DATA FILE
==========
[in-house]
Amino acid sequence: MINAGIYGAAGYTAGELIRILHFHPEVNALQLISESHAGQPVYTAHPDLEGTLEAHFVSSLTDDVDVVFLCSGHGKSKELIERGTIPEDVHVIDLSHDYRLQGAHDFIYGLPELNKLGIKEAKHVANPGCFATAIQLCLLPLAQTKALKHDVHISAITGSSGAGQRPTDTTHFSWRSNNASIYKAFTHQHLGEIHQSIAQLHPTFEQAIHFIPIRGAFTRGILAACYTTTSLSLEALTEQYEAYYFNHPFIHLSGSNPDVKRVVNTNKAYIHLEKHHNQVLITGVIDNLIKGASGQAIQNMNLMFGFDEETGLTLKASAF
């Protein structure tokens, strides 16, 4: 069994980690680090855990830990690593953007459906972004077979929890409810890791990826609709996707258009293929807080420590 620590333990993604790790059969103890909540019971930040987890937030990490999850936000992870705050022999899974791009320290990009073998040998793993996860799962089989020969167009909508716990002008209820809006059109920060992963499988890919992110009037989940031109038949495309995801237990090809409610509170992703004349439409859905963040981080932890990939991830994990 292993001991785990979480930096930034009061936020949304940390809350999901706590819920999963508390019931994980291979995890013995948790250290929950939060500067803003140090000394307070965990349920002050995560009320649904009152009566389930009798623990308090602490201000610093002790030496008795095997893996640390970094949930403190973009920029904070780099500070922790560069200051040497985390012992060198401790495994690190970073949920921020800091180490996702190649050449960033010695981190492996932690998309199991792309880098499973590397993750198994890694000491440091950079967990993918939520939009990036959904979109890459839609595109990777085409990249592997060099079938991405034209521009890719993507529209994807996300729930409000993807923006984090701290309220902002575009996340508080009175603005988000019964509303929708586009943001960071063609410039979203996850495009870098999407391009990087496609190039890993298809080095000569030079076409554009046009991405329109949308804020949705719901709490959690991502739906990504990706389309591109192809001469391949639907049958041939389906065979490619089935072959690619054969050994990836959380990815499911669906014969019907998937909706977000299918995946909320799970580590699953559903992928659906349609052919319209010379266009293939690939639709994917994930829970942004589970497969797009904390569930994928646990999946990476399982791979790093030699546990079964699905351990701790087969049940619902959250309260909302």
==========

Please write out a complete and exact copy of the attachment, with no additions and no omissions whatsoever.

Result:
[in-house]
Amino acid sequence: MINAGIYGAAGYTAGELIRILHFHPEVNALQLISESHAGQPVYTAHPDLEGTLEAHFVSSLTDDVDVVFLCSGHGKSKELIERGTIPEDVHVIDLSHDYRLQGAHDFIYGLPELNKLGIKEAKHVANPGCFATAIQLCLLPLAQTKALKHDVHISAITGSSGAGQRPTDTTHFSWRSNNASIYKAFTHQHLGEIHQSIAQLHPTFEQAIHFIPIRGAFTRGILAACYTTTSLSLEALTEQYEAYYFNHPFIHLSGSNPDVKRVVNTNKAYIHLEKHHNQVLITGVIDNLIKGASGQAIQNMNLMFGFDEETGLTLKASAF
């Protein structure tokens, strides 16, 4: 069994980690680090855990830990690593953007459906972004077979929890409810890791990826609709996707258009293929807080420590 620590333990993604790790059969103890909540019971930040987890937030990490999850936000992870705050022999899974791009320290990009073998040998793993996860799962089989020969167009909508716990002008209820809006059109920060992963499988890919992110009037989940031109038949495309995801237990090809409610509170992703004349439409859905963040981080932890990939991830994990 292993001991785990979480930096930034009061936020949304940390809350999901706590819920999963508390019931994980291979995890013995948790250290929950939060500067803003140090000394307070965990349920002050995560009320649904009152009566389930009798623990308090602490201000610093002790030496008795095997893996640390970094949930403190973009920029904070780099500070922790560069200051040497985390012992060198401790495994690190970073949920921020800091180490996702190649050449960033010695981190492996932690998309199991792309880098499973590397993750198994890694000491440091950079967990993918939520939009990036959904979109890459839609595109990777085409990249592997060099079938991405034209521009890719993507529209994807996300729930409000993807923006984090701290309220902002575009996340508080009175603005988000019964509303929708586009943001960071063609410039979203996850495009870098999407391009990087496609190039890993298809080095000569030079076409554009046009991405329109949308804020949705719901709490959690991502739906990504990706389309591109192809001469391949639907049958041939389906065979490619089935072959690619054969050994990836959380990815499911669906014969019907998937909706977000299918995946909320799970580590699953559903992928659906349609052919319209010379266009293939690939639709994917994930829970942004589970497969797009904390569930994928646990999946990476399982791979790093030699546990079964699905351990701790087969049940619902959250309260909302």